Honoring the past and the future

Heritage Plaza was built in 1977.  In an effort to help protect it, it was listed on the National Register of Historic Places this year.

The central plaza

Surrounded by chain link fence since 2007, this modernist marvel of design and engineering is in an advanced state of disrepair and closed to the public.  It is a  ghost town. So empty in fact, that the day we visited a grey fox was hunting in the central plaza–climbing the tree in the lower left hand corner of the image above and then disappearing down and empty rill into the wild beyond.

The main pavilion and 'source' for the water works

As it is across town at the Water Gardens, H2O was a central theme here, but instead of being a series of wet monolithic vignettes, its intimate spaces helped to tell the park’s story and humanize its experience.

The first 'drop'

Rills, falls, intricate water courses, ponds and wet walls follow a path throughout the park.  Even without the water, its suggested intent is clear.  To walk the plaza, you would have had  to interact with the water by listening to it, walking over it, along side it and under it.  It guided and followed.

Stepping 'stones' across a rill

Beyond the modernist concrete bones of Halprin’s vision for the space, built on the site of what was once the actual Fort Worth, what’s left now are poor repairs, rills filled with leaves and the overwhelming sense that something magical is missing.  There I go again…moist eyes.

Where's the water?
Poorly patched and empty water course

My photographs only begin to tell the story.  The park needs to be experienced to understand its full impact–even without the water so central to its design.  Halprin’s interlocking and intersecting grids are clear. The presence of the constantly moving water–now missing–would have softened hard edges and added shimmering and reflective qualities not seen without it.  It would have created a sound barrier from the noise of the city beyond its walls.  People and water would have breathed life into the now abandoned space.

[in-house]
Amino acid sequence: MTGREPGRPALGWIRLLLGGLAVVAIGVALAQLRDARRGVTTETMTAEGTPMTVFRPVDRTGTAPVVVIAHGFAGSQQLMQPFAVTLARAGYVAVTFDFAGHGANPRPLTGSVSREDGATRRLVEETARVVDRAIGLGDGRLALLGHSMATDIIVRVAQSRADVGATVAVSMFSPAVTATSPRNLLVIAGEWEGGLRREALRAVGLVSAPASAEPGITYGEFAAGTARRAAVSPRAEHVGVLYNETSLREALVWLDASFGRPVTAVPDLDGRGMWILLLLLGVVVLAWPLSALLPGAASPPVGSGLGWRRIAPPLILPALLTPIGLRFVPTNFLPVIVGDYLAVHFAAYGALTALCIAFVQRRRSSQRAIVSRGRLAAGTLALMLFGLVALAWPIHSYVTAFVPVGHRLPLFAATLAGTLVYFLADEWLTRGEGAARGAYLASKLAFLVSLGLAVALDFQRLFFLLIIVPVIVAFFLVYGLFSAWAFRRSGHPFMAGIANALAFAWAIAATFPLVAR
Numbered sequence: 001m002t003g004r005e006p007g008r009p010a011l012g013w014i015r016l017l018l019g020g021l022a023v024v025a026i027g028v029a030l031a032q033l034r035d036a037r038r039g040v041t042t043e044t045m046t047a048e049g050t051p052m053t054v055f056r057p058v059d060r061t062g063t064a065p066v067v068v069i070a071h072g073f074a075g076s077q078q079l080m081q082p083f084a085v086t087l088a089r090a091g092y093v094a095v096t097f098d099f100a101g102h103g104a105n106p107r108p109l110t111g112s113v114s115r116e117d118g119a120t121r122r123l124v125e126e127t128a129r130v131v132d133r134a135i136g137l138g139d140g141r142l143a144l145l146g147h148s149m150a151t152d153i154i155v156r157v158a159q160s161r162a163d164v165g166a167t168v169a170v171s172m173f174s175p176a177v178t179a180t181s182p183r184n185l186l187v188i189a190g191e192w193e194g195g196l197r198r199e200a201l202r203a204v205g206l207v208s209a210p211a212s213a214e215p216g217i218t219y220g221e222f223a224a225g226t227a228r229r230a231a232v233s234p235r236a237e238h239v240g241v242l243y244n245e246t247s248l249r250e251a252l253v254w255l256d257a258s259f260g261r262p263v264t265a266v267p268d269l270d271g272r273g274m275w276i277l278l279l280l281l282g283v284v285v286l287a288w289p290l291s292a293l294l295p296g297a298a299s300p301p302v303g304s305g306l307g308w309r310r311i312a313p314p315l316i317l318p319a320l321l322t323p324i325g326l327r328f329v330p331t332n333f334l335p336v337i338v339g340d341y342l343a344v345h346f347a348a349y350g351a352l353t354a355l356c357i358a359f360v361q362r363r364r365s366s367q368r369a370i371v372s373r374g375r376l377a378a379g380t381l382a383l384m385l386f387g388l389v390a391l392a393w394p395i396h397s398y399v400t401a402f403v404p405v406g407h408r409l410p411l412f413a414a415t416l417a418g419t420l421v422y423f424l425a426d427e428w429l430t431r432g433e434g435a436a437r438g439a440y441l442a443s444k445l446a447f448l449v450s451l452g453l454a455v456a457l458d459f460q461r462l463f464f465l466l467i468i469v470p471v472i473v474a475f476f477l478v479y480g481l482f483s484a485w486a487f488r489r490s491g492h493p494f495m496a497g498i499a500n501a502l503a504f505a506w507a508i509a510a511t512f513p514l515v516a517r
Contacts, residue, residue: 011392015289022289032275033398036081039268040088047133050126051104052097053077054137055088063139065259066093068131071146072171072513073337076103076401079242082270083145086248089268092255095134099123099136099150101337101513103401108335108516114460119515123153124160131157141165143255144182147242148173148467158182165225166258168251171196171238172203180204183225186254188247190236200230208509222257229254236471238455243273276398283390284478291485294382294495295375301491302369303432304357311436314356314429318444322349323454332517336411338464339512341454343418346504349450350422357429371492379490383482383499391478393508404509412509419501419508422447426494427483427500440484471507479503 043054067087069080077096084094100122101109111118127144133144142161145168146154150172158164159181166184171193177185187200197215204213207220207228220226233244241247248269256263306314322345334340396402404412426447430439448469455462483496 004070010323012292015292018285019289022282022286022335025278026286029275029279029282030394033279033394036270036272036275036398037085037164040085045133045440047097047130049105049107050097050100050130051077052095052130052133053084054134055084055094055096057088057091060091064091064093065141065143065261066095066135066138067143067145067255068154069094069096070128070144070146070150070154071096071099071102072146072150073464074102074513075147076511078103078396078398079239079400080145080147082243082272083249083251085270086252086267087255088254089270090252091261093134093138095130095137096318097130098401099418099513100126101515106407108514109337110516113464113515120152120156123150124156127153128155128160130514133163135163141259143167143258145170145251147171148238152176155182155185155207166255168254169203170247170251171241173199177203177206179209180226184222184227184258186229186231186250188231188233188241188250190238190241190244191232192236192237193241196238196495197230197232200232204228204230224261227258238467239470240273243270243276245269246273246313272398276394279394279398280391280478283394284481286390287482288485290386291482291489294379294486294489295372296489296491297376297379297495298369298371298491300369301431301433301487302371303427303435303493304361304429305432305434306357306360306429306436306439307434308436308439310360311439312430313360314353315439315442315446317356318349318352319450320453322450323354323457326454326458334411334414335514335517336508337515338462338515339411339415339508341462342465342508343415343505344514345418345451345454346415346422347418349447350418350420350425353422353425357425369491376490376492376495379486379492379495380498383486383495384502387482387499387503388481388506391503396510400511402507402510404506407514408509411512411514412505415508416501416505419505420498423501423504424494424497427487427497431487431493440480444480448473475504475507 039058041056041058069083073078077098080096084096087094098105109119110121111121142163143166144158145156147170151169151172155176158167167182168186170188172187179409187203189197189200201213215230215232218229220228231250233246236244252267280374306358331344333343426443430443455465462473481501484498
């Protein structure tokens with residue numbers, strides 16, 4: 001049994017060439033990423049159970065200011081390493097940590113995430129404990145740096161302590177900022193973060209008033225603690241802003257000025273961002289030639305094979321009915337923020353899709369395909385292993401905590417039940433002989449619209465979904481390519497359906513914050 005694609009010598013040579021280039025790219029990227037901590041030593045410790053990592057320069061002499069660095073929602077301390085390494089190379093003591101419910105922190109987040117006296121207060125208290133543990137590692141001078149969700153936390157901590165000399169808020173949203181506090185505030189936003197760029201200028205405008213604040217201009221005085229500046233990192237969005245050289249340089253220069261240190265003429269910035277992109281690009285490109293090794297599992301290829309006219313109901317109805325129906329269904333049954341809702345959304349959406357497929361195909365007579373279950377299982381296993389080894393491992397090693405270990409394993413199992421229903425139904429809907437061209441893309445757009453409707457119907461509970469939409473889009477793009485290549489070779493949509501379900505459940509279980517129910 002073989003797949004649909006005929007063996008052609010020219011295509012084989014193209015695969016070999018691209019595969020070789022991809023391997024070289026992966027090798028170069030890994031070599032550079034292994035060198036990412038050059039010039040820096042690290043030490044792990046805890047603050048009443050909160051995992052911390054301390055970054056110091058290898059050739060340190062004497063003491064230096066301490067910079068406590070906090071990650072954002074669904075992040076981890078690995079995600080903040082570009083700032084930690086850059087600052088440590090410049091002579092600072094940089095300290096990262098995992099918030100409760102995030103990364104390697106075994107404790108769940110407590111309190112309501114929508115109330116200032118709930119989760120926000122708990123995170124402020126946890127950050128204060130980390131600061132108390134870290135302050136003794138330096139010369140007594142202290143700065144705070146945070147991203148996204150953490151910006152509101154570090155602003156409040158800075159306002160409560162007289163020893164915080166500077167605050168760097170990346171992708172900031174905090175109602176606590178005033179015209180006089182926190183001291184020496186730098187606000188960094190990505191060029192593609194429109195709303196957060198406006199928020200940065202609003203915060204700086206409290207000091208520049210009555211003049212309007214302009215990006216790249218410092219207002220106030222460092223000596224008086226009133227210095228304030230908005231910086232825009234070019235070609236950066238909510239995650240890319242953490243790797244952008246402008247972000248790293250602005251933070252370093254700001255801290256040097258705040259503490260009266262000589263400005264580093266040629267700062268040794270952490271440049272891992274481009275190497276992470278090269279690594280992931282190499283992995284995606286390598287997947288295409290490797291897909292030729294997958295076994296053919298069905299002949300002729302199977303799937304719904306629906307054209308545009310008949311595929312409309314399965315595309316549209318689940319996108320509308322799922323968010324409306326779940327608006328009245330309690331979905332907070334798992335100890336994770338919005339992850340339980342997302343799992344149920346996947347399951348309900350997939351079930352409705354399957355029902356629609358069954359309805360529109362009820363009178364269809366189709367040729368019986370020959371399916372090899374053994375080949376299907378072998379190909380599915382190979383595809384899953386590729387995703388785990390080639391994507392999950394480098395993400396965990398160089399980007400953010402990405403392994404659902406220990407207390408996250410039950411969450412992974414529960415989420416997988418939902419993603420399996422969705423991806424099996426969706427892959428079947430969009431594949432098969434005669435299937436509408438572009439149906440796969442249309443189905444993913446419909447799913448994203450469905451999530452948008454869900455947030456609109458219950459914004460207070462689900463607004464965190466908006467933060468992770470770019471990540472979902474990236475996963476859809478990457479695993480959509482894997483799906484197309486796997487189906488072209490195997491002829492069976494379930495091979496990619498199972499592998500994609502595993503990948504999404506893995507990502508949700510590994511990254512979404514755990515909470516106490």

Path across a ghost pond
The water wall just above the ghost pond
View from the level above

There is a short history of the park and its decent and the struggle to save it on the Cultural Landscape Foundation’s website.  For now though, the rills are everywhere, below, beside, above and even through the walls….yet they are empty, rotting and sad.  There I go, moist eyes again.

Dallas, Part 2a – Cool and Modern

My trip to Dallas last week with APLD included five days of garden visits to 35 gardens both public and private.  This marathon of visual input and inspiration was exhilarating and surprising.  The traditional and the contemporary exist side by side in this cosmopolitan and culturally sophisticated city.  Since there were so many great gardens, I’ve decided to break it up into a few posts.   The first two are by a local landscape architect who is creating a lot of buzz.

The first two gardens are contemporary.  I saw some of the the best modern design I’ve seen in a long time in Dallas–there will be others profiled in subsequent posts.  Both of these gardens are products of the same design team–Landscape design by David Hocker, ASLA + Residence designed  by Gary Cunningham.   Each project used space and borrowed views to advantage, celebrated local materials and plants in a surprising and sometimes challenging ways, but most important of all, they were human in scale and were designed for people to interact with both the land and each other.

The Northrup Garden